Finance News

Focus on Interest Rates Diverts Attention from other Issues in Housing Market

Rose Jinks - March 21, 2019

Rob Clifford, Director at Stonebridge and CEO of SDL Mortgage Services, says it’s time to end unhelpful speculation about the impact of marginal interest rate rises in the future. 

“It is a decade since the Bank of England dropped its base rate to a historic low of 0.5% – but, with no change to the current 0.75% expected today, the latest announcement looks set to be another non-event.

“As tempting as it might be to say that homeowners will breathe a sigh of relief, the truth is, they are unlikely to base any future mortgage and housing decisions on interest rates alone. Like almost two-thirds of people who bought a property last year, their decision is more likely to be motivated by life circumstances than the economy or the political rollercoaster.

“What’s more, this apparent obsession with interest rates can mask more material problems in the housing market, particularly the scarce availability of property in parts of the UK, and the challenge some people still face in raising the substantial deposit typically required.

“If rates do happen to rise to 1% – as they are predicted to do later this year or early next – the prophets of doom will be quick to dramatise what impact this could have on household finances.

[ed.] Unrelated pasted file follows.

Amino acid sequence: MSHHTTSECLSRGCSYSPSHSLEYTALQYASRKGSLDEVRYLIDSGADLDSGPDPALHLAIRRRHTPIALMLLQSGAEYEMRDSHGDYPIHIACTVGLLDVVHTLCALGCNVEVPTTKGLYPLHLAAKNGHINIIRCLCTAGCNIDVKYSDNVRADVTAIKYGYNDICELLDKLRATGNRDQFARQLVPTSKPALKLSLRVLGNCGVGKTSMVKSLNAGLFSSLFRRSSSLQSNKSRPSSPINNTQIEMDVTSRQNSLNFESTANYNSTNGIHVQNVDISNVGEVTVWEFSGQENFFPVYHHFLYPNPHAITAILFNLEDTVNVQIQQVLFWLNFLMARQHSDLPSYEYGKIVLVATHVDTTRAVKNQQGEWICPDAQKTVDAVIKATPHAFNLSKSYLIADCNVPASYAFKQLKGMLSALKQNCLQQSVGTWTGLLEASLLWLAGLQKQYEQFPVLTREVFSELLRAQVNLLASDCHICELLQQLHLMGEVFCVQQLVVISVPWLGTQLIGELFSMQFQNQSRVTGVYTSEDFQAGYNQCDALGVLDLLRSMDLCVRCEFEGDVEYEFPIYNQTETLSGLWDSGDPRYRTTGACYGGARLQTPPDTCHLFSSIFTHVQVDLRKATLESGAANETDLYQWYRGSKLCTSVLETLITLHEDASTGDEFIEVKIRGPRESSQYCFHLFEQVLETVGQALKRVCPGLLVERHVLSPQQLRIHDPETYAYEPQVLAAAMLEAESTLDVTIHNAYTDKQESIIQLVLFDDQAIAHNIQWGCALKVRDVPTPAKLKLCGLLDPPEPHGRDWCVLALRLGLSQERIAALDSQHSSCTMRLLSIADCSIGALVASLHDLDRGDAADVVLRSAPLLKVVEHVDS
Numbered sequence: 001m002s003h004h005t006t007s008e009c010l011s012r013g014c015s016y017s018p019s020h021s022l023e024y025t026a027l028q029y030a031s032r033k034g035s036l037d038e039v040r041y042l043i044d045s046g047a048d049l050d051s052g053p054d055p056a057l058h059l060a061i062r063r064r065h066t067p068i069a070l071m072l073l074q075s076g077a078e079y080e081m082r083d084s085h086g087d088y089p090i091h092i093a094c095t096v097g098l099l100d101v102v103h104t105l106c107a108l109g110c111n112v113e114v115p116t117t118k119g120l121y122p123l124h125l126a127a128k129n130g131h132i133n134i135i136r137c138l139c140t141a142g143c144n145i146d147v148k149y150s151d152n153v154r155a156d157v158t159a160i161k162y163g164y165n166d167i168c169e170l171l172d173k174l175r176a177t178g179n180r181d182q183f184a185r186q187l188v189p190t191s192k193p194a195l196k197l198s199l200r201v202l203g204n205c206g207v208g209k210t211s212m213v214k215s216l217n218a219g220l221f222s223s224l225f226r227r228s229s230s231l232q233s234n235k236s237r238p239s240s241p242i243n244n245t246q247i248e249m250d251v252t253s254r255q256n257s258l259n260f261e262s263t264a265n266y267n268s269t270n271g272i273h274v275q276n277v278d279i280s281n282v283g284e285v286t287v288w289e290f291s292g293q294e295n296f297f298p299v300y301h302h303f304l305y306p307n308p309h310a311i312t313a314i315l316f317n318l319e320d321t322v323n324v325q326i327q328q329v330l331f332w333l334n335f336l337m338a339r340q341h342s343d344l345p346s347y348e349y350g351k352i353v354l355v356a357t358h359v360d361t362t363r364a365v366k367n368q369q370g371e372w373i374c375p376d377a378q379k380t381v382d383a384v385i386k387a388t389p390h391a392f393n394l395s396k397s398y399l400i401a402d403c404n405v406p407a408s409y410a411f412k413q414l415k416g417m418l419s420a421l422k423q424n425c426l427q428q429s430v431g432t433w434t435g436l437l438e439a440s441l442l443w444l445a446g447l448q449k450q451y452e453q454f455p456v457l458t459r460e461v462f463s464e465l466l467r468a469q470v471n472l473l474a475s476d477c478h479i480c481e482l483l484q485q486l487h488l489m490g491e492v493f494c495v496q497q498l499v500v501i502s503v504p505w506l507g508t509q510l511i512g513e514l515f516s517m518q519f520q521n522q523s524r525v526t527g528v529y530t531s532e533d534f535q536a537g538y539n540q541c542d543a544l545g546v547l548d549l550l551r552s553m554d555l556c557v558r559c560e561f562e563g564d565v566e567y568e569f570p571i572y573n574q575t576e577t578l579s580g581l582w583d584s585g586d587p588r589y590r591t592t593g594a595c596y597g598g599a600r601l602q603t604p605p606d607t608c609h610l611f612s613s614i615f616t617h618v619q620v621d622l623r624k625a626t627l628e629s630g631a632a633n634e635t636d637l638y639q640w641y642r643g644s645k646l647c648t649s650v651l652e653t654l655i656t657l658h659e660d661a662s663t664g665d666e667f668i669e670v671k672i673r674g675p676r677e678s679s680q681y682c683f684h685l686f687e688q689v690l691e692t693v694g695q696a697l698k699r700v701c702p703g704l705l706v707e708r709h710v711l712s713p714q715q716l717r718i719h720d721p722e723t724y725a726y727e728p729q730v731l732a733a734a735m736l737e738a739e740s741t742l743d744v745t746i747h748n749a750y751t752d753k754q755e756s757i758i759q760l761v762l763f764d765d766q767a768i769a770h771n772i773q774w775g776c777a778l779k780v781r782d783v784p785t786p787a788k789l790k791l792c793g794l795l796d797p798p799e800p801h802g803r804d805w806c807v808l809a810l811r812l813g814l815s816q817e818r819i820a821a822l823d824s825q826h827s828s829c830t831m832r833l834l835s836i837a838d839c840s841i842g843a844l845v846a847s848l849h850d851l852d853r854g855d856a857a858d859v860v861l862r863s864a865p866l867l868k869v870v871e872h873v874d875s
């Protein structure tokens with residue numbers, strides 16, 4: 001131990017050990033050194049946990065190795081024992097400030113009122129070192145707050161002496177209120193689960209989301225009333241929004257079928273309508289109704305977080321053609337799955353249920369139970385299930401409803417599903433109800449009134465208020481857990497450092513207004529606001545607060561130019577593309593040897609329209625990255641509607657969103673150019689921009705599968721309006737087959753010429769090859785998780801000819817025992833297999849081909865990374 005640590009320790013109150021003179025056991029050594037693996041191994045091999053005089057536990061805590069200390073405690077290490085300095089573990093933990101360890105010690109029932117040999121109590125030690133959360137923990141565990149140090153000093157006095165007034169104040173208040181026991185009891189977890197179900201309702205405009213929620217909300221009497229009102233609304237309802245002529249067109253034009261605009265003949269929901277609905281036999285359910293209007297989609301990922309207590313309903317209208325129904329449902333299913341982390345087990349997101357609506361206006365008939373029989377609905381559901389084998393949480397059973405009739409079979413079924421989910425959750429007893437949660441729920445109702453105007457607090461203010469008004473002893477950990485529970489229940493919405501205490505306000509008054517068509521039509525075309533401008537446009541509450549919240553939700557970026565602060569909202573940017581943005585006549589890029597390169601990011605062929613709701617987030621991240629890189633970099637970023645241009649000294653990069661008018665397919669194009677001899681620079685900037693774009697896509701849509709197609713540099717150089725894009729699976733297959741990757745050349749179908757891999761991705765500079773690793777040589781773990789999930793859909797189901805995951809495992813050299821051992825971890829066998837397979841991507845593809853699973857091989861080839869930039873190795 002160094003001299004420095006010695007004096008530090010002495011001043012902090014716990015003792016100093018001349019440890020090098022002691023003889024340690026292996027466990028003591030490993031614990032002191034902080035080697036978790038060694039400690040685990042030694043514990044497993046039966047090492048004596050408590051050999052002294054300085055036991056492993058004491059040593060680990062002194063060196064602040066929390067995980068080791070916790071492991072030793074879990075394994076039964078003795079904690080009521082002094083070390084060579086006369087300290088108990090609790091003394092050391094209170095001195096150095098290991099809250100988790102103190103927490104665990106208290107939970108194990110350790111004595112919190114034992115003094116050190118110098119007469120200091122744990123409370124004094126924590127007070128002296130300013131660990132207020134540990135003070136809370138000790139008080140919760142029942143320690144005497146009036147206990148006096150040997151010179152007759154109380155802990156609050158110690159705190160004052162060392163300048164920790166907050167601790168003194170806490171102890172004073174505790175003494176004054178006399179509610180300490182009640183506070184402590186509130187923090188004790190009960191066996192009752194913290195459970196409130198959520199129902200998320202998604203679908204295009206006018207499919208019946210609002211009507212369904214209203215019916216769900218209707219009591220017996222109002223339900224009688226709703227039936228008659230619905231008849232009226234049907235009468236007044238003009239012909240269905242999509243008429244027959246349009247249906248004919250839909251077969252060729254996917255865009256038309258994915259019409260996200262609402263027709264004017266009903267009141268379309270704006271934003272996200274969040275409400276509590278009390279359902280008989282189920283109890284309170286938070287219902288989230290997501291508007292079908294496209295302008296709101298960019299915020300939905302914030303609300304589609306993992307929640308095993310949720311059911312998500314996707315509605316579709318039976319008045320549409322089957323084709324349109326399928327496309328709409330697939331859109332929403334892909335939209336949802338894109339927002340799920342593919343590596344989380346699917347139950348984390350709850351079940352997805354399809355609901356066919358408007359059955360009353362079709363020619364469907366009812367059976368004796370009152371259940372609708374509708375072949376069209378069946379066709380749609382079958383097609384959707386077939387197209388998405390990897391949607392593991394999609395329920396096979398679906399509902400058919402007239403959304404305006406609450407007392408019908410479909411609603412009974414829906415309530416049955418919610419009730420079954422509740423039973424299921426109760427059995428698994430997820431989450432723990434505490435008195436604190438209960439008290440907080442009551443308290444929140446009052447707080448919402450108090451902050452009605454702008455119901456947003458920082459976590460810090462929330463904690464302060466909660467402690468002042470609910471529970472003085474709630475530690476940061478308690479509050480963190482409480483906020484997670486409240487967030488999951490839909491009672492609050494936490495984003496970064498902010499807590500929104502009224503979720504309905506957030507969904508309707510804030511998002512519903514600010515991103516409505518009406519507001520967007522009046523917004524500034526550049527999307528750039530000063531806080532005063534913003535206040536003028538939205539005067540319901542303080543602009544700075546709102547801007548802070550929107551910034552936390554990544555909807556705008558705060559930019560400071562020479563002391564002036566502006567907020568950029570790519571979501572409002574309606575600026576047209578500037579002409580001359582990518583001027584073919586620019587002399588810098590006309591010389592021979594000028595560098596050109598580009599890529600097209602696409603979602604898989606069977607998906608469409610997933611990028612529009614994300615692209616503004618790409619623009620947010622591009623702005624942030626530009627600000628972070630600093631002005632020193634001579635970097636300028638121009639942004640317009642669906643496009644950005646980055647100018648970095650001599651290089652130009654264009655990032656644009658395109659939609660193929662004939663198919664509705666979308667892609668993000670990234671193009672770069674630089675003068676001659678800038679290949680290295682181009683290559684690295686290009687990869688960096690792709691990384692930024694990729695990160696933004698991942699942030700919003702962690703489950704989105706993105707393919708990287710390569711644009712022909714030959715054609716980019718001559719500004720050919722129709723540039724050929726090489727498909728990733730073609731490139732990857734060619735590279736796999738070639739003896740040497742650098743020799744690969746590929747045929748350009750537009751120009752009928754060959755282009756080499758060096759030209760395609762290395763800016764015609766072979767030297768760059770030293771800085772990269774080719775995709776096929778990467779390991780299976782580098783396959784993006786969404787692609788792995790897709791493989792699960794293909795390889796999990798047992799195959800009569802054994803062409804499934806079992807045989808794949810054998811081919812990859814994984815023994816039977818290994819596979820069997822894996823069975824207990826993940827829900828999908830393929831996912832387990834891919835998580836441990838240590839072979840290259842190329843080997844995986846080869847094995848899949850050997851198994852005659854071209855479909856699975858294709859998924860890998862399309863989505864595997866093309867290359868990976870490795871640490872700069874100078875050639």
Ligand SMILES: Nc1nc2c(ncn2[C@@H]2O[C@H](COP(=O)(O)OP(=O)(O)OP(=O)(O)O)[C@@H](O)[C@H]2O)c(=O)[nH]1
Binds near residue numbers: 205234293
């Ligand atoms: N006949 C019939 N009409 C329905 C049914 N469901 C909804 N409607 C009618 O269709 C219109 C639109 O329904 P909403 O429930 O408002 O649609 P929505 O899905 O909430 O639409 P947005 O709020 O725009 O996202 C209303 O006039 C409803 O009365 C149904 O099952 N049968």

“However, an increase of 0.25% on a £150,000 mortgage could equate to just £18 extra in monthly interest payments, which is hardly crippling. Most people will simply cut their cloth accordingly, possibly forgoing their gym membership or meals out if they are feeling the affordability strain.

“The cost increase facing a typical borrower is extremely small when you consider that mortgage lenders typically stress test applicants’ mortgage affordability for interest rates of up to 9%: an almost inconceivable rate in today’s world.

“Finally, we need to remember that competition in the market is continuing to drive mortgage choice and availability, even among those who would traditionally have struggled to get a mortgage. Banks and building societies have reacted to consumer demand for more certainty with fixed rate deals, while buyers today normally have their pick of five or six deals to suit their particular circumstances. On top of the zero deposit mortgages now available from some lenders, Virgin Money has just announced that it will consider applicants with satisfied CCJs [County Court Judgements] and defaults on their credit history – a sign of confidence, even in the current economic climate.”